Why Retailers Love AI: Chatbots Will Save Stores Billions

Industries will pocket $11 billion thanks to chatbots, with retailers taking most of it, according to new research.

Chatbots will save retailers, banks and healthcare organizations $11 billion annually within five years, with retailers enjoying the lion’s share of the savings, according to a new report from Juniper Research. The findings underscore the increasingly vital role that artificial-intelligence-based voice- or text-activated assistants are playing in the industry’s future — and present.

The savings come from the reduced time that businesses will spend on customer service activities — about 2.5 billion hours yearly among the three industries by 2023. AI allows retailers to spend less on humans working in call centers, for example.

The new research report, “Chatbots: Banking, eCommerce, Retail & Healthcare 2018-2023,” predicts that, by 2023, over 70 percent of chatbots will be retail-based, as merchants continue to view the technology as a way to both save money and drive revenue. For retailers, one factor in the growth of chatbots, also known as virtual customer assistants, will be the increased integration of the technology into stores’ mobile apps, the study found.

Chatbots Serve Many Purposes for Retailers

In addition to answering questions and helping customers find the products they want, retailers use chatbots to persuade shoppers to spend more, detect when customers might abandon their carts and save the sale, convince them to sign up for loyalty programs and more. For retailers, the study found, it will all add up to some $112 billion in annual transactions via chatbots by 2023.

Some clever uses of chatbot technology, cited in the study and elsewhere:

  • Taco Bell’s TacoBot allows Slack users to order chalupas and nachos directly from the messaging platform.
  • HelloAva helps people discover the right skin-care products by asking them a few questions via Facebook Messenger.
  • Rocky, a creation of online jeweler Rare Carat, helps educate shoppers on how to buy diamonds and other jewels.
  • Starbucks lets consumers order their drinks via its app-embedded chatbot using either text or voice commands, and even lets the purchaser know when their order will be ready.
  • Staples' chatbot, which is part of a partnership with IBM’s Watson, can help customers place an order or answer questions about orders already placed.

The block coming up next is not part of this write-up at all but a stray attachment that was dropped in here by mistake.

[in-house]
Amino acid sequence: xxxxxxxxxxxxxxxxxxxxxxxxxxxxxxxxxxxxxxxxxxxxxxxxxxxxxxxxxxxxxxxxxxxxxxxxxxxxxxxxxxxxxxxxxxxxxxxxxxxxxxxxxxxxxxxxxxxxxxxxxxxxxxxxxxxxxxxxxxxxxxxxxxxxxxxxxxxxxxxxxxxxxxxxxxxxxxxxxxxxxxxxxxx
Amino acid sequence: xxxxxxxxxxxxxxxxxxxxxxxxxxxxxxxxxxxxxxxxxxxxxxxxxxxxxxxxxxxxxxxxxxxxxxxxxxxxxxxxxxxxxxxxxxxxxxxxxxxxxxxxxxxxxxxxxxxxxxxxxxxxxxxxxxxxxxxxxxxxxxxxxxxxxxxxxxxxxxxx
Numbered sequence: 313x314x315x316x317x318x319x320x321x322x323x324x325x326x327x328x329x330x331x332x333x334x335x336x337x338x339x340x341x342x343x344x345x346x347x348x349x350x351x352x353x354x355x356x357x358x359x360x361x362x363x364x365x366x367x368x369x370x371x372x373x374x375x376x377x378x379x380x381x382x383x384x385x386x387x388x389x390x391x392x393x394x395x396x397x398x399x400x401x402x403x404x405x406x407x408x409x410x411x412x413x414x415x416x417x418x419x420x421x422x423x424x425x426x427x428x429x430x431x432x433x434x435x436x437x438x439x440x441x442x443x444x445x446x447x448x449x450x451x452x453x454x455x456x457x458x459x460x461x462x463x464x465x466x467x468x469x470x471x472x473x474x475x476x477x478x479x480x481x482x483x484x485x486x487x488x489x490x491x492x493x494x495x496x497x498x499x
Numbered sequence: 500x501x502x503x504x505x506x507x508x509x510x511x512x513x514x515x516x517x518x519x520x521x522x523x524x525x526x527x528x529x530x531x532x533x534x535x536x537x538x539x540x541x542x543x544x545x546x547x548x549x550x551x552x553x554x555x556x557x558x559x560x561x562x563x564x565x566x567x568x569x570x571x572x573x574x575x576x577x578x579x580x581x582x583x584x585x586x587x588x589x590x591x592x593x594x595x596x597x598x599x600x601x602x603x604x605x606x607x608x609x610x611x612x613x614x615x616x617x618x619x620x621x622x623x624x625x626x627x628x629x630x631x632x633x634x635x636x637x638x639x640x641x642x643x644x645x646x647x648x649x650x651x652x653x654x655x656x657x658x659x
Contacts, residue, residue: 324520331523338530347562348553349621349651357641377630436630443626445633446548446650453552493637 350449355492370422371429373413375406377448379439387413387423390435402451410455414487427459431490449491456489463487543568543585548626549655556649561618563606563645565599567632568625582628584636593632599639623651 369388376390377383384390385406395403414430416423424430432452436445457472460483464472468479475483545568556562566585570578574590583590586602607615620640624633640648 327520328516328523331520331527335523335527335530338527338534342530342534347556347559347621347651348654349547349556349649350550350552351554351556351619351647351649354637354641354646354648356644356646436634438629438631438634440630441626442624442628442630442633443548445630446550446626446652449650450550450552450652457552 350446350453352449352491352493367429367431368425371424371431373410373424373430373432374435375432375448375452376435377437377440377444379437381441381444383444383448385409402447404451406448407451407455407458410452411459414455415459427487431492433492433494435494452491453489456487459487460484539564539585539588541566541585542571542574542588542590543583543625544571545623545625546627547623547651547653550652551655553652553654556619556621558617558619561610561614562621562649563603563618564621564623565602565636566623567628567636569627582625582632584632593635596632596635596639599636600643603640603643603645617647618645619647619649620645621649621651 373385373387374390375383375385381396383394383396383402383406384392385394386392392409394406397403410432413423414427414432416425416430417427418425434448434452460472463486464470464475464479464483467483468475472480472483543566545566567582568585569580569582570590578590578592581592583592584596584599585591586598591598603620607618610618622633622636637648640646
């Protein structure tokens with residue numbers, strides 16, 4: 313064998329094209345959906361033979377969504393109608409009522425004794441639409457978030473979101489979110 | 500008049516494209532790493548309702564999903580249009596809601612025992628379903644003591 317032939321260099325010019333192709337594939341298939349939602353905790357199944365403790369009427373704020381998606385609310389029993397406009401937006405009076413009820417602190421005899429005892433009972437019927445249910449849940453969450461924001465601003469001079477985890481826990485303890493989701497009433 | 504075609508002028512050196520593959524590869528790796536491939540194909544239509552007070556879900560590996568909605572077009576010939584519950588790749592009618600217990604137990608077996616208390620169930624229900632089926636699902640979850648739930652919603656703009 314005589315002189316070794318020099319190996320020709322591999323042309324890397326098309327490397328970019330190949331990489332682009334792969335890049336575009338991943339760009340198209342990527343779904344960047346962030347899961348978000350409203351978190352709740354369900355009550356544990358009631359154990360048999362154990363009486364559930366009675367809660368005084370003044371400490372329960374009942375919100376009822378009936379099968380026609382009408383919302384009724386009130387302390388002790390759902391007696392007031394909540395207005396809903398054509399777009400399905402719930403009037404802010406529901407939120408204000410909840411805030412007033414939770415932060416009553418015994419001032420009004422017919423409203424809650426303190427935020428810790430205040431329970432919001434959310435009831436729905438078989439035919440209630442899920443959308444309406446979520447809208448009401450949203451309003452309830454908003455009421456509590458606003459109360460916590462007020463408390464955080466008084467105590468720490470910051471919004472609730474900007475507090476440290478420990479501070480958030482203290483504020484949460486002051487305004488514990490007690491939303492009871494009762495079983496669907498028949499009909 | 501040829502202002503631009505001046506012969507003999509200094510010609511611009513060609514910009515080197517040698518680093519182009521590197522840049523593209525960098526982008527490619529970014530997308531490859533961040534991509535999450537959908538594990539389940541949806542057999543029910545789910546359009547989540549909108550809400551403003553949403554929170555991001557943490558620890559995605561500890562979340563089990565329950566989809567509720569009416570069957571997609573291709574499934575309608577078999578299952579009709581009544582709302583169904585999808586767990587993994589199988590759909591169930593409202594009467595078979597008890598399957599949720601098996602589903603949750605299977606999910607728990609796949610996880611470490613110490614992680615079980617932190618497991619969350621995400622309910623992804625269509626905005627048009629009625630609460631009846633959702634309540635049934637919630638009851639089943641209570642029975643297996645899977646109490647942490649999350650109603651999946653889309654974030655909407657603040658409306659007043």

Big Future Expected for Chatbots in Retail

“As more customers engage on digital channels, VCAs are being implemented for handling customer requests on websites, mobile apps, consumer messaging apps and social networks,” Gene Alvarez, managing vice president of the research firm Gartner, told Information Age. “This is underpinned by improvements in natural-language processing, machine learning and intent-matching capabilities.”

Gartner is one of several technology research firms, in addition to Jupiter, predicting a big future for chatbots, especially in retail. Gartner expects that about 25 percent of customer service operations will integrate chatbot technology within just two years. One reason: Humans are rapidly embracing the technology. About one in five U.S. consumers has already made purchases using VCA technology, and two-thirds have used chatbots for some purpose, according to a survey by Mastercard and Mercator.

One chatbot enthusiast is Chris McCann, CEO of 1-800-Flowers.com. The company invested in the technology early, launching an Amazon Alexa skill three years ago. “It’s the true new user interface, and we’re seeing that start to become more prevalent, certainly as the home gets smarter,” said McCann, speaking at the Retail Innovation Conference in May. “As we’re starting to see voice become more prevalent in automobiles, I think that will start to tip the scale.”

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Aug 27 2018

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